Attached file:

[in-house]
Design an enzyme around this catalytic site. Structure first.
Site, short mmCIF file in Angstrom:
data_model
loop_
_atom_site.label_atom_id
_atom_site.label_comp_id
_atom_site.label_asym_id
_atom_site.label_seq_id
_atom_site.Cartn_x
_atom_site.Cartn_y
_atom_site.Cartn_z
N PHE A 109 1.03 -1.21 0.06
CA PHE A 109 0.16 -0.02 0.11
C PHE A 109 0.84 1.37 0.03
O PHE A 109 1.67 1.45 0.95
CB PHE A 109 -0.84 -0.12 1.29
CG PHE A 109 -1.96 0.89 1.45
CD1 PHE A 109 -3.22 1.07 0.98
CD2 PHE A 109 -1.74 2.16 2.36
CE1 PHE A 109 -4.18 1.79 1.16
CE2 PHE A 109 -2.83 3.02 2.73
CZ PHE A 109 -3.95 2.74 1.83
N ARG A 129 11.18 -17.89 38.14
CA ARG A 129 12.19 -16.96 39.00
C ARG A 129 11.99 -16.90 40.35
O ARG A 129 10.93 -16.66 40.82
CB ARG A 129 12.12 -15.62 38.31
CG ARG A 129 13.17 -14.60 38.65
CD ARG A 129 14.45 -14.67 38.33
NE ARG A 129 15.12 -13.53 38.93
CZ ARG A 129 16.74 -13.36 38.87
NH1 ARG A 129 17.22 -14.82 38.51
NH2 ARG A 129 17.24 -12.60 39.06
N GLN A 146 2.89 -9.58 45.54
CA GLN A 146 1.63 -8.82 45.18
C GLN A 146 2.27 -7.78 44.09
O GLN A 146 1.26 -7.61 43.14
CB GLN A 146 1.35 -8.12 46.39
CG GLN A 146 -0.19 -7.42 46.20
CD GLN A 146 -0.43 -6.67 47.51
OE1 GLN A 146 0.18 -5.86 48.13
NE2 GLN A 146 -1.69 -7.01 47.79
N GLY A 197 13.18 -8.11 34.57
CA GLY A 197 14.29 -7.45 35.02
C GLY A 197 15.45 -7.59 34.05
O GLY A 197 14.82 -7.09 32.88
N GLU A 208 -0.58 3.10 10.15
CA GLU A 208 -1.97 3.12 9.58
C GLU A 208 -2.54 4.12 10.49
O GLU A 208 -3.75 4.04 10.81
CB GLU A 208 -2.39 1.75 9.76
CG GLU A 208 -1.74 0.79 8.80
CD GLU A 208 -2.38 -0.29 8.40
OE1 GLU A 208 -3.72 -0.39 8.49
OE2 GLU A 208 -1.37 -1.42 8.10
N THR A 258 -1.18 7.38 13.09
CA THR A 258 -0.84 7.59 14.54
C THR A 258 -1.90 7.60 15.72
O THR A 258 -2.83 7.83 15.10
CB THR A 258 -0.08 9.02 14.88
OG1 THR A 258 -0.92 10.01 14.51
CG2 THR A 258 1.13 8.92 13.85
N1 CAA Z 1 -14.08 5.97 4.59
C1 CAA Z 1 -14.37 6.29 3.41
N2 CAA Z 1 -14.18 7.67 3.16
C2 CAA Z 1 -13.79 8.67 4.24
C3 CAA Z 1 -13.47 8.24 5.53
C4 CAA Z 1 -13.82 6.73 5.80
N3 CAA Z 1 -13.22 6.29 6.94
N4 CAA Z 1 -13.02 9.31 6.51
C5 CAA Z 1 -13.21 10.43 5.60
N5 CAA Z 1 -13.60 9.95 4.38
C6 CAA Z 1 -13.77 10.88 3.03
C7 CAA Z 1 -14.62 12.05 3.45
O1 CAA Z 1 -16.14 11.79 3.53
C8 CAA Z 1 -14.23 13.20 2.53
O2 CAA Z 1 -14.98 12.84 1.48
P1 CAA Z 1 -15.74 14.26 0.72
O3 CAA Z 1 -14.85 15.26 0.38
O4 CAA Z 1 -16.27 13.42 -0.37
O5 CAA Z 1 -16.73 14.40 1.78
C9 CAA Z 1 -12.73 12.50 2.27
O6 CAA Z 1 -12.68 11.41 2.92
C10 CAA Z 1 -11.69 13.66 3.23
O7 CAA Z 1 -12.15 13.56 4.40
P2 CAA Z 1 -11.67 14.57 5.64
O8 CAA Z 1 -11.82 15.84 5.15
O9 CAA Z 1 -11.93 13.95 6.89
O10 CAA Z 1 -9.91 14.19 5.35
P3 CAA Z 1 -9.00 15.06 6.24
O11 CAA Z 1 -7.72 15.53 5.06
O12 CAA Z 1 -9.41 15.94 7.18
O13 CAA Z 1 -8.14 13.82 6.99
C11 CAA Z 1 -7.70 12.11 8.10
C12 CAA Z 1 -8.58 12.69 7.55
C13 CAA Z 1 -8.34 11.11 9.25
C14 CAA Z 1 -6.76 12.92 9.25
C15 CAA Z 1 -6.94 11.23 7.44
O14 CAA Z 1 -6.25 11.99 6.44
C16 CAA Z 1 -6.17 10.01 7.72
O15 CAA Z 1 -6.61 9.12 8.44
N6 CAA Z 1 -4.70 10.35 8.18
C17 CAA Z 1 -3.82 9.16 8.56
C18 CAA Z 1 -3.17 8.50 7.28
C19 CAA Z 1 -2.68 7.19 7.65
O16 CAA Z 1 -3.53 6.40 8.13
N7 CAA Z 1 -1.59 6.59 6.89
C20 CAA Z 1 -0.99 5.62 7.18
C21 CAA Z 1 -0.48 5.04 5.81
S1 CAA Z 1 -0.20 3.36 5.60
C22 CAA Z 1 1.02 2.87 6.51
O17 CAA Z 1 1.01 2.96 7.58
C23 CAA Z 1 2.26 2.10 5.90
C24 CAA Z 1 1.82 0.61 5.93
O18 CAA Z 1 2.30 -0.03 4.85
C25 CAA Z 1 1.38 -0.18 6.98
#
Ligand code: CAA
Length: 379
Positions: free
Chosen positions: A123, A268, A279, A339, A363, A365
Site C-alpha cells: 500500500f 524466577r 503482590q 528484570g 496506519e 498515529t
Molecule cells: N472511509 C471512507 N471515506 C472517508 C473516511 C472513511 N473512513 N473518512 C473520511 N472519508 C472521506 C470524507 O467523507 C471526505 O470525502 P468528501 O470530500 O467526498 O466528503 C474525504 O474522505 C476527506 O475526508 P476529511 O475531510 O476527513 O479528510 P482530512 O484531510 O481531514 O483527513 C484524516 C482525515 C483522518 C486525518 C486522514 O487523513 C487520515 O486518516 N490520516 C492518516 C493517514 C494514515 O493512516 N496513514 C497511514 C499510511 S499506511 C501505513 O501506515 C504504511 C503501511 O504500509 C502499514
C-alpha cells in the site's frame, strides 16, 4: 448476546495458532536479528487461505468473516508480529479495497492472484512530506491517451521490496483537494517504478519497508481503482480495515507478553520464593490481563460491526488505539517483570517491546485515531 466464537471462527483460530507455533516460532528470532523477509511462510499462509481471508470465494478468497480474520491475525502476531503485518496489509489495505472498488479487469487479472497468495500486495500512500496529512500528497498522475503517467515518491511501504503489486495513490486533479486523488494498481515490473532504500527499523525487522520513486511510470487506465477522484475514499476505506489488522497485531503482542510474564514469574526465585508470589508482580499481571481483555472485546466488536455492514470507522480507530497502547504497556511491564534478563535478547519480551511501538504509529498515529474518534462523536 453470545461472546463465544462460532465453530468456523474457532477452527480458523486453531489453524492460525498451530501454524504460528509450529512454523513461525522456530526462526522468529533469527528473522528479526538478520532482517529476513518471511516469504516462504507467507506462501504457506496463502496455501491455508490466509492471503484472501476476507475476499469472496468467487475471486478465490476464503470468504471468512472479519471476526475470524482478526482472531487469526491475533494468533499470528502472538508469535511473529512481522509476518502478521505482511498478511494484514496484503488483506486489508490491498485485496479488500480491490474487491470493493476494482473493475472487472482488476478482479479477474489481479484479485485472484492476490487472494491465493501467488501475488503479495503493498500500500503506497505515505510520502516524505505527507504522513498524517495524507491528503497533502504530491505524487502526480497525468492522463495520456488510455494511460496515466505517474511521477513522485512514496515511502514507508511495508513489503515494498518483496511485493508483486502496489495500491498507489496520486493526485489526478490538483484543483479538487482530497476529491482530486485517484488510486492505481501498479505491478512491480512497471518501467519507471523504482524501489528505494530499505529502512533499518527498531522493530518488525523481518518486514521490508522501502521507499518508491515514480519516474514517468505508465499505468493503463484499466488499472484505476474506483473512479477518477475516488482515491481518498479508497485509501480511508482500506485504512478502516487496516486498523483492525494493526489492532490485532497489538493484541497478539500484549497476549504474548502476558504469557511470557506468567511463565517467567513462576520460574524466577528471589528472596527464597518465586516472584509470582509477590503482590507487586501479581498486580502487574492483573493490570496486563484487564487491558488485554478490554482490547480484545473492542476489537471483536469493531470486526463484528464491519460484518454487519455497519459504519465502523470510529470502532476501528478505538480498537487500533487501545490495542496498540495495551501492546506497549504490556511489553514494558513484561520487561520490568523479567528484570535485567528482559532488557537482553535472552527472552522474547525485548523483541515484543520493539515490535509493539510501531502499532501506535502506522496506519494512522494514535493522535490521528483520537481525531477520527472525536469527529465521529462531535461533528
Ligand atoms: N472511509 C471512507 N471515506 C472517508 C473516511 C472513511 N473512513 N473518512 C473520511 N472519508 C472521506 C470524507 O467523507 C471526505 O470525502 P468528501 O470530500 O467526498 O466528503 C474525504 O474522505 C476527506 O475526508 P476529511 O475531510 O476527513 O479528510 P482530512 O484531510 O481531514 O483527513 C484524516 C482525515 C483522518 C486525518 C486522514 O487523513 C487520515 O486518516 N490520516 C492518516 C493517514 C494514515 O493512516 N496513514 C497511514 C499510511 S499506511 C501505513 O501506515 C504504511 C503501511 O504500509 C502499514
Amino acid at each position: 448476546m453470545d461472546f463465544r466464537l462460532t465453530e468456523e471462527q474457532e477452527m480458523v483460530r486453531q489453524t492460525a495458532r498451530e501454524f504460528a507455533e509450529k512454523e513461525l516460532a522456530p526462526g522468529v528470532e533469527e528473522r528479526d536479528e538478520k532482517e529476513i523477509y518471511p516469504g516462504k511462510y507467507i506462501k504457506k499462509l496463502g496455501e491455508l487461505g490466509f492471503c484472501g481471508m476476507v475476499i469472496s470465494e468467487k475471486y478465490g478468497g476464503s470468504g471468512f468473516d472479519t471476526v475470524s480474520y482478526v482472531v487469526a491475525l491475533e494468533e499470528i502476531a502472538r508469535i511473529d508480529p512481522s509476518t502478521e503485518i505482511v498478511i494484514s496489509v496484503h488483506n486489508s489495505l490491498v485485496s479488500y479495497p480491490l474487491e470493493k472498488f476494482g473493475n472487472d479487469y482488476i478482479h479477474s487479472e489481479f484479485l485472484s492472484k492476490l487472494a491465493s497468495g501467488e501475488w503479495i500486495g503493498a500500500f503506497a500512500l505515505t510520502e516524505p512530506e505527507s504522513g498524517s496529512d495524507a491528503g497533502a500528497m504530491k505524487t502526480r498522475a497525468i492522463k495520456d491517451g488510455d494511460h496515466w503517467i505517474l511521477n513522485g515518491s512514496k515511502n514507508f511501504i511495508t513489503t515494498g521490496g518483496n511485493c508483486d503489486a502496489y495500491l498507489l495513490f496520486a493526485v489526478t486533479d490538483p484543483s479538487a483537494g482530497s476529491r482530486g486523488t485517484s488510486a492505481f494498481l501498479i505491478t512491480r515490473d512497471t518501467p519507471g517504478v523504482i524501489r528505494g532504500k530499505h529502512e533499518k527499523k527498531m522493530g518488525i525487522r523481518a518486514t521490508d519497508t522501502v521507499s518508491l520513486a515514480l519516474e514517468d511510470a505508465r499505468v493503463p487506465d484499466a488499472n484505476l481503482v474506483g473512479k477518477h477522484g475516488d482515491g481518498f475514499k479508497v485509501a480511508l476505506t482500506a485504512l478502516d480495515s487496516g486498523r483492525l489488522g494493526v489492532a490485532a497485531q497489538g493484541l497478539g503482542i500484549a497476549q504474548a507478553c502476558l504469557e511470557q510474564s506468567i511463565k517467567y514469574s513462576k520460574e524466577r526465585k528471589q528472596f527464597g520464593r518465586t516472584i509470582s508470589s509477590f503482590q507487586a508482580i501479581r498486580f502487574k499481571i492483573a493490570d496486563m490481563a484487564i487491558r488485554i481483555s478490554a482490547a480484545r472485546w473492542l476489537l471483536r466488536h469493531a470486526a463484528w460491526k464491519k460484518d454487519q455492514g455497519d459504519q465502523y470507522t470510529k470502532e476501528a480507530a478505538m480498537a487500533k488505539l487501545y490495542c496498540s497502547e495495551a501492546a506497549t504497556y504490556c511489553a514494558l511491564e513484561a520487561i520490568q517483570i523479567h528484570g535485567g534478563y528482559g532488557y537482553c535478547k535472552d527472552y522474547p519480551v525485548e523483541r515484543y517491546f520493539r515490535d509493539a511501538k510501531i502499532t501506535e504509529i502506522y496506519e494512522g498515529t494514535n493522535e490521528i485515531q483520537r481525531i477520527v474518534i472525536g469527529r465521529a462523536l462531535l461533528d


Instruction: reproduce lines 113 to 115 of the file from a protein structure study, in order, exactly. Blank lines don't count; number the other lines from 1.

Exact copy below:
O17 CAA Z 1 1.01 2.96 7.58
C23 CAA Z 1 2.26 2.10 5.90
C24 CAA Z 1 1.82 0.61 5.93